a) without a required confirmation (
You can also specify to delete all objects that do not match a specified label.
To do so, use the command:
docker container prune ––filter=”label!=maintainer=Jeremy”
This command tells Docker to remove all containers that are not labeled with a maintainer of “jeremy.” The
!= command is a logical notation that means “not equal to.”
A breakdown of the
Using these terms in conjunction with labels gives you in-depth control over removing assets in Docker.
Docker images are files, which include multiple layers used to run code within a container.
Images may go through many iterations during development. Old and outdated images can clutter your system, taking up storage space and making searches more cumbersome.
1. To remove a Docker image, start by listing all the images on your system:
docker image ls
The output displays the locally available Docker images, as seen below.
2. Make a note of the IMAGE ID – this is the identifier used to remove the image.
3. Then, remove the unwanted image(s):
docker image rm [image_id1] [image_id2]
[image_id2] with the image ID you pulled from the first command. You can enter a single Image ID, or multiple IDs for removal.
The system may respond to your request with an error message, that there is a conflict and it is unable to remove the repository reference. This indicates that a container is using the image. You need to remove the container first before you can remove the image.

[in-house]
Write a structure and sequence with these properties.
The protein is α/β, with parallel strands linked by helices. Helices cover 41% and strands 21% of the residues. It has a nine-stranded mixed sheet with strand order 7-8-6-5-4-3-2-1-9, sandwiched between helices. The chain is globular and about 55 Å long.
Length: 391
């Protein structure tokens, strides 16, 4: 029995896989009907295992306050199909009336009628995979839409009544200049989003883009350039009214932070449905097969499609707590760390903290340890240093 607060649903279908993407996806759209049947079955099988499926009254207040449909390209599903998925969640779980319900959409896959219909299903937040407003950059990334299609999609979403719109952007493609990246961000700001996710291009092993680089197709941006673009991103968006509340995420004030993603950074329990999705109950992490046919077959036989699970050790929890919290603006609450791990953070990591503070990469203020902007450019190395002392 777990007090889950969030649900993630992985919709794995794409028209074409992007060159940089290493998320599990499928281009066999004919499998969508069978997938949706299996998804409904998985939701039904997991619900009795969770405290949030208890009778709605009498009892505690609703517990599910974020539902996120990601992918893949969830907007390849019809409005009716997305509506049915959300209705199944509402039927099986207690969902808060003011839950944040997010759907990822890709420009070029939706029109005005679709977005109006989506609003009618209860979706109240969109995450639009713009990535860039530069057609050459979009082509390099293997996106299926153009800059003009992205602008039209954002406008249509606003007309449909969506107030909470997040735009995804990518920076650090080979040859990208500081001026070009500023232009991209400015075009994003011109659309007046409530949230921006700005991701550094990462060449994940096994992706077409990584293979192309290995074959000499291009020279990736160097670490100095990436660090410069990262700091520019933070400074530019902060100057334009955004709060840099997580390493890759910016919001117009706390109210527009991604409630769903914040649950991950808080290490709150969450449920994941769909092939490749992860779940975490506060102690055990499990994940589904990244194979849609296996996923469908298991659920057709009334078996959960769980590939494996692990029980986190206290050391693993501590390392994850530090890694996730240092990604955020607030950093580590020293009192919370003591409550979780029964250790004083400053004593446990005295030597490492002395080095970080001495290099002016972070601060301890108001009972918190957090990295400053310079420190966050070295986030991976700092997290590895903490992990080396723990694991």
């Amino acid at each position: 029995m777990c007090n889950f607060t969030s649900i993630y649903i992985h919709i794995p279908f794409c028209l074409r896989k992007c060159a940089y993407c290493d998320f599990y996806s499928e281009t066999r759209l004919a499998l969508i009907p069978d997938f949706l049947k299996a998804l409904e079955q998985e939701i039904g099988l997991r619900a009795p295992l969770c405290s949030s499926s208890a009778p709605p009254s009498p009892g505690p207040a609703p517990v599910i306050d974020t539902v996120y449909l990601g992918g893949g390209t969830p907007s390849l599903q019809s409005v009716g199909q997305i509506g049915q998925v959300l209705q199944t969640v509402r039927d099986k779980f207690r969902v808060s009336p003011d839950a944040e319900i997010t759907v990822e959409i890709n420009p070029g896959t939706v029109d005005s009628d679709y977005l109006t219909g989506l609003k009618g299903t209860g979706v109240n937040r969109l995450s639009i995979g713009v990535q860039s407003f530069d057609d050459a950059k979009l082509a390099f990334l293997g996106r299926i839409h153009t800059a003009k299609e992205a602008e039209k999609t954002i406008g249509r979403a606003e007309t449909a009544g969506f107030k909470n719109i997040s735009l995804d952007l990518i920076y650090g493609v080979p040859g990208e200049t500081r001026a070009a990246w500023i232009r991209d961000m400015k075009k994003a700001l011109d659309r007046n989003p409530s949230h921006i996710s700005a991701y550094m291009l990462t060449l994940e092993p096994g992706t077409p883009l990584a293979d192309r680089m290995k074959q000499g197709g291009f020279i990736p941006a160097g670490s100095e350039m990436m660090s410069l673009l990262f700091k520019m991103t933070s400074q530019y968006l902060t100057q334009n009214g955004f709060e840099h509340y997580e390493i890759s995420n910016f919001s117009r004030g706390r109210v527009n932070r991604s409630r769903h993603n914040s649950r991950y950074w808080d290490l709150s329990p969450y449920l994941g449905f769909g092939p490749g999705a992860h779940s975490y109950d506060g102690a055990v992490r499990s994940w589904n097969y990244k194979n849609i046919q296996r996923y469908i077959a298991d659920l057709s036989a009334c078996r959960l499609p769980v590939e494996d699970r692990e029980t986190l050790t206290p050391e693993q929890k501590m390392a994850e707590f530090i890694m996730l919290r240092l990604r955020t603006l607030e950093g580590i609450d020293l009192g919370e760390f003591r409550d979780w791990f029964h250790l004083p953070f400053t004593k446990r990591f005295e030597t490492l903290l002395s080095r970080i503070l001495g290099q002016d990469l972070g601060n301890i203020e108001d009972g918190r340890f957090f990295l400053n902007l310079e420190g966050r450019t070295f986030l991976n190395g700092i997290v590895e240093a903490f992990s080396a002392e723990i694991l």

At the time of publication, the only supported filters are
label. Still, these are powerful tools for managing Docker resources.
until filter to remove all resources up to a given time.
Enter the following:
docker image prune –a ––filter “until=24h”
This removes all
(–a) images created over the last 24 hours. The command can be used for containers, images, and filters. Make sure to specify the asset you want to remove.
until command accepts Unix timestamps, date-formatted timestamps, or an amount of time (30m, 4h, 2h25m) calculated against the machine time.
label command to remove assets defined by labels.
Enter the following:
docker image prune ––filter=”label=old”
This removes all docker images that have been labeled “old”.
Filtering can also be used to define a specific value of a label.
For example, if a container is labeled with a “maintainer” key, and the value of “maintainer” is either “bill” or “jeremy,” you can type:
docker container prune ––filter=”label=maintainer=bill”
Docker then removes all containers with the label “maintainer” with a value of “bill.”
It helps store and organize data outside containers in a way that it’s accessible to multiple containers.